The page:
Tents and Shelters

Ready for a night out? Whether you’re an ultralight alpinist, family of backpackers, devoted hanger, or comfort camper, you'll find the best tents, tarps, and hammocks for your outdoor overnights right here.

Check out our top picks below—including price comparisons—to shelter you in any terrain, trip, or season: winter mountaineering, three-season thru-hiking, warm weather car camping, hammock hanging, alpine bivys, tarps, and emergency shelter.

Or you can browse our thousands of independent tent and shelter ratings and reviews by product type, brand, or price. Written by real-world hikers, backpackers, alpinists, climbers, and paddlers, Trailspace community reviews will help you select a dependable, field-tested, outdoor abode just right for your next adventure.

Learn more about how to choose a tent/shelter below »


3-4 Season Convertible
Warm Weather
Bivy Sacks
Tarps and Shelters
Bug Nets


Eagles Nest Outfitters
Grand Trunk
Sierra Designs
Black Diamond
Kodiak Canvas




less than $25
$25 - $49.99
$50 - $99.99
$100 - $199.99
$200 - $299.99
$300 - $399.99
$400 - $499.99
$500 and above

Top-Rated Tents and Shelters

Sort by: name | rating | price | availability | recently reviewed

MSR Access 1 Four-Season Tent
$400 - $499
Big Agnes Square Gear Loft Gear Loft
MSR Hook Tent Stakes Stake
$8 - $10
Hilleberg Keron 4 GT Four-Season Tent
The North Face FP Mica FL 2 Footprint
REI Screen House Rainfly Tent Accessory
Terra Nova Competition Tarp 2 Tarp/Shelter
Napier Backroadz Truck Tent Model 13 Warm Weather Tent
EMS Big Easy 6 Three-Season Tent
Grand Trunk Camoflauge Hammock Hammock
Black Diamond Bombshelter Ground Cloth Footprint
$45 - $59
NEMO Victory Blanket 2P Top Quilt
Sierra Designs Tensegrity 2 FL Three-Season Tent
$275 - $389
Eagles Nest Outfitters Atlas Chroma Straps Hammock Accessory
Big Agnes Chimney Creek 6 mtnGLO Three-Season Tent
REI Quarter Dome 3 Footprint Footprint
L.L.Bean Woodlands Shelter Tarp/Shelter
Peregrine Radama 3 Three-Season Tent
Mountainsmith Bear Creek 2 Three-Season Tent
NEMO Bungalow 4P Gear Loft Gear Loft
$28 - $33
Ultimate Survival Technologies Base Hex Tarp Tarp/Shelter
Grand Trunk Parasheet Footprint
Black Diamond Tempest Four-Season Tent
Hilleberg Kaitum 2 GT Footprint Footprint
Big Agnes Triangle Mountain 2 Footprint Footprint
Marmot Midpines 4P Footprint Footprint
ALPS Mountaineering 6-Person Floor Saver Footprint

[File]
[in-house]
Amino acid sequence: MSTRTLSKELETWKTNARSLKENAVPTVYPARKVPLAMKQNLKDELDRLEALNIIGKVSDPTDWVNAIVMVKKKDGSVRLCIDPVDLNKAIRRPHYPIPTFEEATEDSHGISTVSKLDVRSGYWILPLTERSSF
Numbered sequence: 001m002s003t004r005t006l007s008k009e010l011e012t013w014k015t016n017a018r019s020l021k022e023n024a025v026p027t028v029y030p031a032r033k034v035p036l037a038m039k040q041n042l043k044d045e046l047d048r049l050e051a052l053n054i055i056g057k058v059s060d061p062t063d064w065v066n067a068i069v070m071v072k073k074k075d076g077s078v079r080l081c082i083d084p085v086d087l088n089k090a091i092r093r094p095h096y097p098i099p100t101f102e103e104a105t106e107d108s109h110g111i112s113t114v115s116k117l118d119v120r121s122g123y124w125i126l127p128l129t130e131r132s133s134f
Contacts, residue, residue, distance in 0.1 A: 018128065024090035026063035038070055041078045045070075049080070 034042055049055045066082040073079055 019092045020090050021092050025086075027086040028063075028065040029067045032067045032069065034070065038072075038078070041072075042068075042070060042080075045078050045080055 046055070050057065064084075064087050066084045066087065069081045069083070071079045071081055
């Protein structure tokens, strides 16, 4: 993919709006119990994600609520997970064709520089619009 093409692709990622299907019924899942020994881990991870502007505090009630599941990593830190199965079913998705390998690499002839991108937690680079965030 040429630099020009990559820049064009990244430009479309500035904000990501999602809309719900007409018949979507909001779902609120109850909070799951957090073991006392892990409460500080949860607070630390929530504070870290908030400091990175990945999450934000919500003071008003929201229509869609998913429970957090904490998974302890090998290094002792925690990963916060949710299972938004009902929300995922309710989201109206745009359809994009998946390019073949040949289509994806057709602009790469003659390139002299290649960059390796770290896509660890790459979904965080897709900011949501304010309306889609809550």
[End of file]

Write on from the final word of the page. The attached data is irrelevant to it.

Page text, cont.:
NEMO Hexalite Tarp Pole Tent Accessory
Therm-a-Rest Slacker Double Hammock Hammock
$48 - $79
Big Agnes Tumble 4 mtnGLO Footprint Footprint
$41 - $55
Big Agnes Scout UL2 Footprint Footprint
NEMO Wagontop 4P Footprint Footprint
ALPS Mountaineering Mystique 1.0 Three-Season Tent
Mountain Hardwear Ghost Sky 3 Three-Season Tent
$395 - $529
ALPS Mountaineering Aries 3 Three-Season Tent
Therm-a-Rest Tranquility 4 Footprint Footprint
Mountain Hardwear Direkt 2 Vestibule Vestibule
$112 - $150
ALPS Mountaineering Chaos 2 Floor Saver Footprint
NEMO Dagger 2P Footprint Footprint
$40 - $49
Grand Trunk OneMade Double Trunktech Hammock Hammock
MSR Advance Pro 2 Four-Season Tent
$440 - $549
ALPS Mountaineering Zephyr 1 Floor Saver Footprint
Hilleberg Nammatj 2 GT Footprint Footprint
Big Agnes Copper Spur HV UL2 Footprint Footprint
Big Agnes Seedhouse SL2 Footprint Footprint
REI Passage 2 Footprint Footprint
Coleman Yarborough Pass Fast Pitch 6
Marmot Force 2P Footprint Footprint
Mountainsmith Mountain Dome 2 Three-Season Tent
NEMO Tango Solo & Slipcover 1P Top Quilt
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What’s the “best” tent or shelter for you? Consider your personal outdoor needs, preferences, and budget:

  • Conditions:
    First, and most important, in what seasons, conditions, and terrain will you use your tent, tarp, or hammock? Choose a shelter that can handle the conditions you expect to encounter (rain, snow, wind, heat, humidity, biting insects, an energetic scout troop), but don’t buy more tent than you truly need, and don’t expect one tent to do it all.
  • Capacity:
    Tents are typically classified by sleeping capacity (i.e. one-person, two-person, etc). However, a tent's stated sleeping capacity usually does not include much (or any) space for your gear and there’s no sizing standard between tent manufacturers. Some users size up.
  • Livability:
    Will you use the tent as a basecamp or is it an emergency shelter only? To determine if you and your gear will fit, look at the shelter’s dimensions, including floor and vestibule square areas, height and headroom (including at the sides), plus the number and placement of doors, gear lofts, and pockets, to assess personal livability, comfort, and footprint.
  • Weight and Packed Size:
    If you’ll be backpacking, climbing, cycling, or otherwise carrying that shelter, consider its weight, packed size (and your pack it needs to fit in), and its space-to-weight ratio before automatically opting for the bigger tent. Paddlers and car campers have more room to work with, but everyone should consider how the tent and its parts pack up for stowage.
  • Design:
    Tents come in various designs. Freestanding tents can stand alone without stakes or guy lines and can be easily moved or have dirt and other debris shaken out without being disassembled, though they still need to be staked out. Rounded, geodesic domes are stable and able to withstand heavy snow loads and wind. Tunnel tents are narrow and rectangular, and large family cabin tents are best for warm-weather campground outings.
  • Other features and specs to consider include single versus double-wall, ease of setup, stability, weather resistance, ventilation, , and any noteworthy features.
  • Read more in our guide to tents.